President Donald Trump's reelection campaign and the White House are pushing for an in-person presidential debate after Trump - who has repeatedly flouted best public health practices since his Covid-19 diagnosis - declined last week to participate in a virtual format.
The latest effort from senior campaign surrogates and West Wing staff on Sunday comes after the White House physician cleared Trump to resume public activity, but declined to say when the President's last negative test took place.
"The President is ready to debate and his doctors have cleared him for participating in public engagements," White House deputy communications director Brian Morgenstern told reporters at the White House Sunday. "They've said he's no longer a risk for transmission so it would be nice if the commission would get the debate back on the schedule."
With the backing of their health advisers, the commission had announced Thursday morning that -- because Trump had recently tested positive for Covid-19 -- the debate that was scheduled for Miami would be held virtually, with the two candidates appearing from remote locations.
Trump swiftly rejected that plan, saying he would not show up and setting off a series of events that put the future of all general election debates into question.
The President's son, Eric Trump, echoed his father's push to reschedule, saying on ABC's "This Week" that his father "wants to stand on the stage with his opponent."
And Trump's daughter-in-law, Lara Trump, praised the President "for saying no," telling Fox News on Sunday, "I think a virtual debate is an absolute disaster."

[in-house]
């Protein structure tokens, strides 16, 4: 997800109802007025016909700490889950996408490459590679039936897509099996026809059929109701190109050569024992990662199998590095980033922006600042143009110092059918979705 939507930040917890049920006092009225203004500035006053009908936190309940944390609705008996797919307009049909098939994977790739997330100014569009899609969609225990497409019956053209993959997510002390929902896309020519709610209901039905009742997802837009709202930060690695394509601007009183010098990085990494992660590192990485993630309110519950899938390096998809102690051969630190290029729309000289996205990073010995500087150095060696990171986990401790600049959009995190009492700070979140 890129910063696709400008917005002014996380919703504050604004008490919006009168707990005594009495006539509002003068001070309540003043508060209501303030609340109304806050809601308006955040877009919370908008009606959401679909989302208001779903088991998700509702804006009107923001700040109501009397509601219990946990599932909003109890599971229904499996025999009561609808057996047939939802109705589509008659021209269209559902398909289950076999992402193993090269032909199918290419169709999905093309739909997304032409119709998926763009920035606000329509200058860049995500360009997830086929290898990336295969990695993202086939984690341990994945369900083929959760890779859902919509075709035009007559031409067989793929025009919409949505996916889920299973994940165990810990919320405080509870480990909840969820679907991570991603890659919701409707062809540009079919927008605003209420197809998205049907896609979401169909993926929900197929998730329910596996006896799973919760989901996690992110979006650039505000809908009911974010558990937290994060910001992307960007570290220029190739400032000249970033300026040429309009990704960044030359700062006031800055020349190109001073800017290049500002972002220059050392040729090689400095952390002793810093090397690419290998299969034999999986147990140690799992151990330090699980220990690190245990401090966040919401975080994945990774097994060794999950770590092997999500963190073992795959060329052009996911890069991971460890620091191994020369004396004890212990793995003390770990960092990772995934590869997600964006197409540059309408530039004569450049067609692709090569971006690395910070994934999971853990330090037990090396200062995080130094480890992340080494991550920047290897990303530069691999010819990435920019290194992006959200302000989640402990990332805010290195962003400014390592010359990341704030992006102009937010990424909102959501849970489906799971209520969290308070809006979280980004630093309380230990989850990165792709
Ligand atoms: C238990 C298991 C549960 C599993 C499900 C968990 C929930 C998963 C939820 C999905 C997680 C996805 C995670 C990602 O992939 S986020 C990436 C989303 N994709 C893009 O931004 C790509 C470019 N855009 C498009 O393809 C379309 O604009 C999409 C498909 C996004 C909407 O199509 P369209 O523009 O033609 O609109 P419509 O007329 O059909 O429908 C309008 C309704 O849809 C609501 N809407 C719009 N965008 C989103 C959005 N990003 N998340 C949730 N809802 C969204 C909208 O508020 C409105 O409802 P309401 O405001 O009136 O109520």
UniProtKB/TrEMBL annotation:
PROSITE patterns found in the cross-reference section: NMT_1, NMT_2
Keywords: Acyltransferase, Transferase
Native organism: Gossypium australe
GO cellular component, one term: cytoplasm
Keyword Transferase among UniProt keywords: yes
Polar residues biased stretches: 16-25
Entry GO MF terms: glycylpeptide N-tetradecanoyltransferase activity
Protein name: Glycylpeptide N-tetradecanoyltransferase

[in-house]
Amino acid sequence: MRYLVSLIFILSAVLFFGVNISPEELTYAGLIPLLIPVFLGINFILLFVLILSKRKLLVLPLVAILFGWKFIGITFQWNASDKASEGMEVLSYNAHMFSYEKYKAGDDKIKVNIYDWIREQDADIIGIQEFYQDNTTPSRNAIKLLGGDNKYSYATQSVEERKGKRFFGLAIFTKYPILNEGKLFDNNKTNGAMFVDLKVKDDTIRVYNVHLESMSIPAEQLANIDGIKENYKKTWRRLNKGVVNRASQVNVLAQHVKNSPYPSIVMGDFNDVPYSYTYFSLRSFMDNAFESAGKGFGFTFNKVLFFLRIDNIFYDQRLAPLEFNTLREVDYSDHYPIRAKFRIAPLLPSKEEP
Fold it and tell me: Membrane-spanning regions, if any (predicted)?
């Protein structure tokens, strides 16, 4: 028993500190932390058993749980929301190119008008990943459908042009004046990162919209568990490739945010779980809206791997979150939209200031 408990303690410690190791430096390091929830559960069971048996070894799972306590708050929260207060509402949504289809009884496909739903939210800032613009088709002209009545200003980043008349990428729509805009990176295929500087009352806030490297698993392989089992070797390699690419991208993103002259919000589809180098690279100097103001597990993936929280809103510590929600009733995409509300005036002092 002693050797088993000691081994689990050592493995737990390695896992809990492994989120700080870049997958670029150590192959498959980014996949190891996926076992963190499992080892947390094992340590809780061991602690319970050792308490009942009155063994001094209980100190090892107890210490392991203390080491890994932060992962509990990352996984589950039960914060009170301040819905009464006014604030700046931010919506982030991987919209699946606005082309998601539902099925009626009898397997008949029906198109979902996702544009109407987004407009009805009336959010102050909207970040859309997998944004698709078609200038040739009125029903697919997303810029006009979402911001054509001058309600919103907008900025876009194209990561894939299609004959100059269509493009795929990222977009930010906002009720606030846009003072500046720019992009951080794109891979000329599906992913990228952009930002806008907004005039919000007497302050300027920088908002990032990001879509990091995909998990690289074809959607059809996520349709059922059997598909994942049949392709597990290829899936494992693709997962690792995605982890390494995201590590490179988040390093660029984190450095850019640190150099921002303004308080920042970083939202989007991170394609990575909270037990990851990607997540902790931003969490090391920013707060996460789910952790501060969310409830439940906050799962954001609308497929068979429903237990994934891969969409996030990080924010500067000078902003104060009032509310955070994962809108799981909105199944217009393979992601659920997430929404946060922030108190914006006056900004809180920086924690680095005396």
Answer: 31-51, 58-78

The last-minute push for an in-person debate reflects the mounting risk of Trump's decision to walk away from the virtual debate at a time when his campaign is trailing in national polls and in a number of key swing states with less than four weeks to go until Election Day.
The commission on Presidential Debates did not immediately respond to CNN's request for comment Sunday.
The commission's decision to cancel the second Trump-Biden contest of the cycle was the culmination of a furious 48-hour back-and-forth between the commission and both Trump and Democratic nominee Joe Biden's campaigns.
"It is now apparent there will be no debate on October 15, and the CPD will turn its attention to preparations for the final presidential debate scheduled for October 22," the commission said in a statement.
The President has repeatedly signaled that he is ready to put his bout with coronavirus behind him and return to the campaign trail, despite little clarity about his condition, no independent view of his physical state and warnings from health experts he could still be shedding the virus.
He even told Fox News' "Sunday Morning Futures" that it "seems like I'm immune" despite there being no evidence that people are immune if they have been infected once -- and the US Centers for Disease Control and Protection specifically cautions people not to assume they are immune.
The Biden campaign responded to Trump's refusal to participate by saying Biden would have been happy to appear virtually, but that the former vice president would hold a town hall elsewhere if the President declined to agree to a virtual contest.
Biden deputy campaign manager Kate Bedingfield told CNN's Jake Tapper on "State of the Union" Sunday that "We are not going to let Donald Trump whipsaw around at the last second trying to rewrite the rules."
Trump, she said, "doesn't get to set the calendar."
"The Debate Commission sets the calendar. We all agreed to these debates back in June, and we're not going to let him try to rewrite the rules at the last second."
The commission's October 22 debate is set to be held in Nashville and will likely be the final meeting between the two candidates this election cycle.